And the Cubs have a plus-six run differential, outscoring their opponents, 214-208.
"We've been in pretty much every single game of the year," said Sveum, whose club has seen 83 percent of its games decided by four runs or fewer. "We've had a couple blowouts, so it's a very odd record for the run differential, that's for sure."
So that 22-30 doesn't make a whole lot of sense. Something more along the lines of a 27-25 mark does, which is the Cubs' pythagorean winning percentage -- an estimate of a team's winning percentage based on its runs scored and allowed that was developed by noted sabermetrician Bill James.
Or, if you're less sabermetrically inclined, you can just use the eye test.
"I don't have to look at any of that, I just know by the way we've played," Sveum said of having a better record. "Early on, we gave so many games away that it was tough to recover from that. … Guys [recently] have been doing a good job in the bullpen, so you start winning more games that way instead of giving them away."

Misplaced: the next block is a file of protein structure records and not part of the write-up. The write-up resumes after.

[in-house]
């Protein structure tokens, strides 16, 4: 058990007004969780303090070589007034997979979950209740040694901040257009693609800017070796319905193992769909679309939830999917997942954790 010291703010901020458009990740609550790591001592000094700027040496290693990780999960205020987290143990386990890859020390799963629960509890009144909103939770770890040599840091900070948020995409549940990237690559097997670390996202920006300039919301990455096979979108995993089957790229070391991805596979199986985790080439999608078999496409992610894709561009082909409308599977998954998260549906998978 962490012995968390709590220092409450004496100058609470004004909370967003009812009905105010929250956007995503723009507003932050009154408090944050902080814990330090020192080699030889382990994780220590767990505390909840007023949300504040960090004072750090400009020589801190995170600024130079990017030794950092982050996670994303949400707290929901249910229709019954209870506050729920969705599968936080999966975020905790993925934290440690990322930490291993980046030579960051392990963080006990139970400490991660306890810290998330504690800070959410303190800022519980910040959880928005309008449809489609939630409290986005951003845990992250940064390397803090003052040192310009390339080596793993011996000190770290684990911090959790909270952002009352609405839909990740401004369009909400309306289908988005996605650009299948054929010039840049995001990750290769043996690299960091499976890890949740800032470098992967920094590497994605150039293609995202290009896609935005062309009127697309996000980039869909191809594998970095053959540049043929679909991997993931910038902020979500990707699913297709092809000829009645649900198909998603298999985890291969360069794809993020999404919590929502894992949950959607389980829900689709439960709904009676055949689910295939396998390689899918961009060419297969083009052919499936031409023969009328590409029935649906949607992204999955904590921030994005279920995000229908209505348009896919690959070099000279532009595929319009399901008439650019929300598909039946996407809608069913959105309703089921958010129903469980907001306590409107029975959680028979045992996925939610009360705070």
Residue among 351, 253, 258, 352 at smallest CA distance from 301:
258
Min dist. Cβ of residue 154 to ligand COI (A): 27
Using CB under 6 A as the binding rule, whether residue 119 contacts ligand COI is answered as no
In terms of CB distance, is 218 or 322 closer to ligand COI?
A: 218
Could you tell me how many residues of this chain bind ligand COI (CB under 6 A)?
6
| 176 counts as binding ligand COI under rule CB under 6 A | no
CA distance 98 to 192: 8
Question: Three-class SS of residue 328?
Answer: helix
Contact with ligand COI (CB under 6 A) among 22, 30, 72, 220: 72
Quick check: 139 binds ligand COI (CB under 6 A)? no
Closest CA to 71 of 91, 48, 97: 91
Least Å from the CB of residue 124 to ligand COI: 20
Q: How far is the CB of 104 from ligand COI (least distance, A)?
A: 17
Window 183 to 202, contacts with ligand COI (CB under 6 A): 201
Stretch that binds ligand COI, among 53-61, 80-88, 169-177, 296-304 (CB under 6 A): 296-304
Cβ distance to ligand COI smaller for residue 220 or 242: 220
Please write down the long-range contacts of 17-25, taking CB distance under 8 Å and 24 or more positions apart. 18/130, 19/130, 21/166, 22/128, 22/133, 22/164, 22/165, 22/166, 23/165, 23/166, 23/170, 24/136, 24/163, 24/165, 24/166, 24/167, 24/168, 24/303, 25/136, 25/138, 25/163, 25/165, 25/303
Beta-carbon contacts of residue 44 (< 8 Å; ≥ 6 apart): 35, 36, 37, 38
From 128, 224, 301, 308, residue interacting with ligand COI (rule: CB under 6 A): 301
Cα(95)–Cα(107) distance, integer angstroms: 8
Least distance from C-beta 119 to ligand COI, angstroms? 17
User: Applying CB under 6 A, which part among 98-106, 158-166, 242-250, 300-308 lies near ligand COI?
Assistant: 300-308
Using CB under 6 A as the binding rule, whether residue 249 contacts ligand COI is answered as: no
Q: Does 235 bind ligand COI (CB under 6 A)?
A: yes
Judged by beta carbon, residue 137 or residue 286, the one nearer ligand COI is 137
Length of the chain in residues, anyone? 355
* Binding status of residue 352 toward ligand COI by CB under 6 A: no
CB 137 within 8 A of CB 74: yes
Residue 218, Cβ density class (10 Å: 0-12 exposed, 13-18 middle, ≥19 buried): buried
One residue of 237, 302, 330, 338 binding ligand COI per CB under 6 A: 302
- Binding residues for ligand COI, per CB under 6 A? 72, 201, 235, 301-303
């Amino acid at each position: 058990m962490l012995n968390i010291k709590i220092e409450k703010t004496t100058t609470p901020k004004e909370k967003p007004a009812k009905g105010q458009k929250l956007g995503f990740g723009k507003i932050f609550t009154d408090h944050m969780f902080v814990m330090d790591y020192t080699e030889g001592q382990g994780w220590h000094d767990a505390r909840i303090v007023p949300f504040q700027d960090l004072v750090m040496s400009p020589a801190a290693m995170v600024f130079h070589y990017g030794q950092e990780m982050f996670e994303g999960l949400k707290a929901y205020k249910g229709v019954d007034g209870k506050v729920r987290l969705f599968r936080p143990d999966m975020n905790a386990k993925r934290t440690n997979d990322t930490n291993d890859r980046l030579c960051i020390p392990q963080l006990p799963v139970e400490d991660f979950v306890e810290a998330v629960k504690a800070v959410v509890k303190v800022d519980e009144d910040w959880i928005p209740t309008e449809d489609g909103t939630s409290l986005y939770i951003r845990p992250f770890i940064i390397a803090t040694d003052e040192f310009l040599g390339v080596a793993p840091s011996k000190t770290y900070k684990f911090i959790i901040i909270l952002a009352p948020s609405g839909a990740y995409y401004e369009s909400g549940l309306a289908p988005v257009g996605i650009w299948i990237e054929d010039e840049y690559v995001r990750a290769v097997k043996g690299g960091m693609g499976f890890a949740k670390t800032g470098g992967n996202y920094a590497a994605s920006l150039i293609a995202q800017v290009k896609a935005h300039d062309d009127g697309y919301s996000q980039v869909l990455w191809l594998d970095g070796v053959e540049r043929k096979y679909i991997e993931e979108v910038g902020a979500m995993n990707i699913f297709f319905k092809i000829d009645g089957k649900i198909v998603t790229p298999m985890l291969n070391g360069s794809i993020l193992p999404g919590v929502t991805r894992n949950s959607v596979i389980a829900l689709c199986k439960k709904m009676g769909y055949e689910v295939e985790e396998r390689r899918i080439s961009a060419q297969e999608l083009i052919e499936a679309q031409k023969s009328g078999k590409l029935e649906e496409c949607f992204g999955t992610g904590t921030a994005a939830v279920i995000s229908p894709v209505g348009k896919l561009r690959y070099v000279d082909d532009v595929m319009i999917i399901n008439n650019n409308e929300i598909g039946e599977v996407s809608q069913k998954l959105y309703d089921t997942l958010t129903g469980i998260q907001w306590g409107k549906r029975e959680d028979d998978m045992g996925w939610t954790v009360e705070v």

Along with pitching better out of the bullpen, the Cubs also have been playing better defense. Although Chicago has committed 40 errors -- tied for the second most in the Majors -- 21 of those have been by pitchers or catchers.
"There were some very poor things going on early in the season, and I think after the first two weeks, getting [second baseman Darwin] Barney back every single day is obviously going to shore up your defense," Sveum said. "But everything else has been clicking a lot better."
Cash Kruth is a reporter for MLB.com. Follow him on Twitter at @cashkruth. This story was not subject to the approval of Major League Baseball or its clubs.